Analysts agreed that abstention had been highest among Renamo's traditional supporters in the largely agricultural centre and north of the country, who felt that the government had let them down, and the opposition had failed to provide a viable alternative.
"People chose to stay in the fields -- voting doesn't fill the belly," said independent journalist Marcelo Mosse.
"In the cities, the absence might have been a criticism not only of [outgoing president Joaquim] Chissano, but also of Guebuza -- he is not someone who inspires support."
The political weekly Savana described the low turnout as "a red card to the political class", which it accused of being out of touch with voters' interests.
Reports of irregularities were concentrated in Tete province in western Mozambique.
"In Tete there was clearly fraud, though not enough to affect the final result," said Luís de Brito of the Electoral Institute of Southern Africa (Eisa).
He said two voting stations in the province's Changara district had reported turnout of close to 100%, with most of these votes going to Frelimo. De Brito said the high turnout for the province as a whole gave reason for suspicion.
"In Tete, we have an average of 400 voters turning out at each voting table, compared with fewer than 300 per table in all the other provinces."
De Brito said Renamo activists had been forced to leave certain areas of Tete province early in the election campaign, which had prevented them from sending monitors to polling in those areas. Elsewhere in the country, the presence of party representatives during voting and counting was hailed as Mozambique's best safeguards against fraud.
The Mozambican Political Process Bulletin -- an independent newsletter with a wide network of correspondents -- also cited evidence of ballot-stuffing in Tsangano district of Tete province, as well as in Chicono in northern Niassa province. In the latter, 996 out of 1 000 voters registered at one station appeared to have voted, with Guebuza gaining more than 900 of the votes.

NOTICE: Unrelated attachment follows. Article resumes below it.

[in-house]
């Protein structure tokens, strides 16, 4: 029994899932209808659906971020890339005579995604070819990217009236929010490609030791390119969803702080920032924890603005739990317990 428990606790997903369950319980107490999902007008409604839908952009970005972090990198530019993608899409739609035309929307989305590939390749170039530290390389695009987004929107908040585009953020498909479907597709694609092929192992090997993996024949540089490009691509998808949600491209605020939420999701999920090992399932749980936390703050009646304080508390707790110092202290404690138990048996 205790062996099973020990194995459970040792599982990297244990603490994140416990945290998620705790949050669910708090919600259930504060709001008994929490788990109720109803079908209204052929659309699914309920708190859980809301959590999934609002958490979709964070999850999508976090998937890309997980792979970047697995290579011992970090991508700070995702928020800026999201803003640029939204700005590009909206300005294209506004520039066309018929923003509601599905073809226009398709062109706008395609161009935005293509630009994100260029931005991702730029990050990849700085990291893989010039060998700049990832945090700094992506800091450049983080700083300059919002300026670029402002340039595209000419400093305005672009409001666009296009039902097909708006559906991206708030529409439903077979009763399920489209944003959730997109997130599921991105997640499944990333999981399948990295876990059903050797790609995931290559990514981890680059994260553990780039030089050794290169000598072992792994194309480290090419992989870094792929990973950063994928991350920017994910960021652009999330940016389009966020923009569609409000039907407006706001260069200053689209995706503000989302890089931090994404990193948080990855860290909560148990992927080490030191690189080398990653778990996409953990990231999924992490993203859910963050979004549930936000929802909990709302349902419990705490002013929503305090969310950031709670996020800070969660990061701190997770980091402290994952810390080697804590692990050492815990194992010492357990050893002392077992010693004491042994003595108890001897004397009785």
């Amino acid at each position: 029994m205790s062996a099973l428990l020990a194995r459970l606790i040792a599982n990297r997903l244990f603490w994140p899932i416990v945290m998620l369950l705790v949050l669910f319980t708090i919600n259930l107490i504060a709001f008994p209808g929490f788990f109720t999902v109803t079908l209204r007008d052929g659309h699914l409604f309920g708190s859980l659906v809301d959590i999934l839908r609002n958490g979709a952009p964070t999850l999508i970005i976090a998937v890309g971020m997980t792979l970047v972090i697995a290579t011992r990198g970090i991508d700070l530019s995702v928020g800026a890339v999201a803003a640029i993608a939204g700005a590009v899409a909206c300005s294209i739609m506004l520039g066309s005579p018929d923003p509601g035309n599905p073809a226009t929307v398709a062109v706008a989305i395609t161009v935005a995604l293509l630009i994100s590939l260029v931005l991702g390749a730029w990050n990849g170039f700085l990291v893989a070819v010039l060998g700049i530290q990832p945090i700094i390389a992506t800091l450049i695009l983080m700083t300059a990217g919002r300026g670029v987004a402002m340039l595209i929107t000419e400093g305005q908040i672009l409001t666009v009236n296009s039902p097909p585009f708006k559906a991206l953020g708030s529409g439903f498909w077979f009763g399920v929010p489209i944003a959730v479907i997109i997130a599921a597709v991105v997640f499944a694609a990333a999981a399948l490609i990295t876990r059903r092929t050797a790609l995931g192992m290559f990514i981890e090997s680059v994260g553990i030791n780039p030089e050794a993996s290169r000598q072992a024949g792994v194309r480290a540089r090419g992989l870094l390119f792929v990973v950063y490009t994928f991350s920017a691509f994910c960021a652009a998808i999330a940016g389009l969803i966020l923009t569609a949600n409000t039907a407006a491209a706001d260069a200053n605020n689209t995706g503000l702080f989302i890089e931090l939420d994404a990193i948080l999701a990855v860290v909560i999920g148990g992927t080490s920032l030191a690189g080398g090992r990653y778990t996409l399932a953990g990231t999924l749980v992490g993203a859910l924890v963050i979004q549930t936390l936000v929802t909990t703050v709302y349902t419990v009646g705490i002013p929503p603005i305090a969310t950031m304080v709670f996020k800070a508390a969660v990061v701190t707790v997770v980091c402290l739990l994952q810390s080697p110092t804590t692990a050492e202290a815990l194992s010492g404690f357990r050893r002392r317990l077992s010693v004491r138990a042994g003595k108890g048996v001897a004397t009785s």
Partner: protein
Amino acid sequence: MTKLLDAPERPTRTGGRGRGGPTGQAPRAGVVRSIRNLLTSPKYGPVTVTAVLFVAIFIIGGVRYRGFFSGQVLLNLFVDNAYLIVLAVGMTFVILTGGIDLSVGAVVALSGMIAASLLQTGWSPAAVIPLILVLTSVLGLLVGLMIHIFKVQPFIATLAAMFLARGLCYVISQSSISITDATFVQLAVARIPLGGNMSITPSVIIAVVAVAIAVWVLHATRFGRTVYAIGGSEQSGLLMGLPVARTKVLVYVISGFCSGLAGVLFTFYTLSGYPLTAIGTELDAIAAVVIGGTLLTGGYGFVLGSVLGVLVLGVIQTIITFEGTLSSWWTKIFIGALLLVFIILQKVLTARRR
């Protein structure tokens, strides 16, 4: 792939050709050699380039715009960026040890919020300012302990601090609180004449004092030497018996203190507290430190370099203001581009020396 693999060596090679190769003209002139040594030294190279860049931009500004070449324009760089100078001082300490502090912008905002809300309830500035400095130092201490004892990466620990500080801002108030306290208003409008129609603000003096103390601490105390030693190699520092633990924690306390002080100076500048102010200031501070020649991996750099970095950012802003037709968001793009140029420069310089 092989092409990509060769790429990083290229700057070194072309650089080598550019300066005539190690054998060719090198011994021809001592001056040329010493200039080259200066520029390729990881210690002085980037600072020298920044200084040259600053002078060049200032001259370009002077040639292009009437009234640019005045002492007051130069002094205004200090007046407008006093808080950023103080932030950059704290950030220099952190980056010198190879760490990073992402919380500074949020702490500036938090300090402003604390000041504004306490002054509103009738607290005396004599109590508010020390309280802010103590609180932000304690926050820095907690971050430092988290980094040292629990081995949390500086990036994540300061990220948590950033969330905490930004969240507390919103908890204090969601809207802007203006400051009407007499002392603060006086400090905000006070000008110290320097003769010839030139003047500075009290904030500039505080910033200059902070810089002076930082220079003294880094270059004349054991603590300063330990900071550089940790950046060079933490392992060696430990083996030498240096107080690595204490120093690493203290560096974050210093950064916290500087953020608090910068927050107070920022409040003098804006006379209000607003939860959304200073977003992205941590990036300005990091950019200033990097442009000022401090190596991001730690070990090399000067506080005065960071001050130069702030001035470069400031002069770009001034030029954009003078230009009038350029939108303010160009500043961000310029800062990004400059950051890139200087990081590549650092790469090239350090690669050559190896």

Such reports contradicted the positive assessment of international observation teams, who praised Mozambique's strong legal framework for elections, the professionalism of polling station staff, and balanced coverage both in state and private media. Asked why the international teams had not picked up the incidents of fraud cited by Eisa, De Brito said these incidents had occurred mostly at remote and inaccessible polling stations.
The international teams, including Southern African Development Community parliamentarians and representatives of the Commonwealth, the Carter Center and the European Union, were however concerned at the low electoral turnout. Several of the observer teams also mentioned the mistrust that had been created by the party-political structure of the National Electoral Commission, where Frelimo is able to force through decisions by majority vote.
Elderly pay the price for raising Aids orphans
14 December 2004 08:21
Until a week ago, elderly Hannah Dube and her five grandchildren living in the dusty village of Kezi in soutwestern Zimbabwe had been surviving on small portions of dried white melon.
Then Zimbabwe's social services stepped in, handing the 75-year-old Dube emergency aid of the staple corn grain to feed her family, caught in the grip of an HIV/Aids pandemic and a crippling drought.
Her face worn by grief and stress, the aging grandmother's plight in this remote and rural corner of Zimbabwe tells the story of the burden of many other pensioners in this southern African country where HIV/Aids has turned a million children into orphans.
The UN children's organisation Unicef estimates that more than one in five children will be orphaned in Zimbabwe by 2010, with more than 80% of those orphaned by HIV/Aids, which kills about 3 000 people per week on average.
Nine of her grandchildren are orphaned -- she is looking after five children between the ages of five and 13.
Three successive years of drought in this naturally dry region some 600km southwest of the capital, characterised by unproductive soils, and a political and economic crisis have exacerbated food shortages.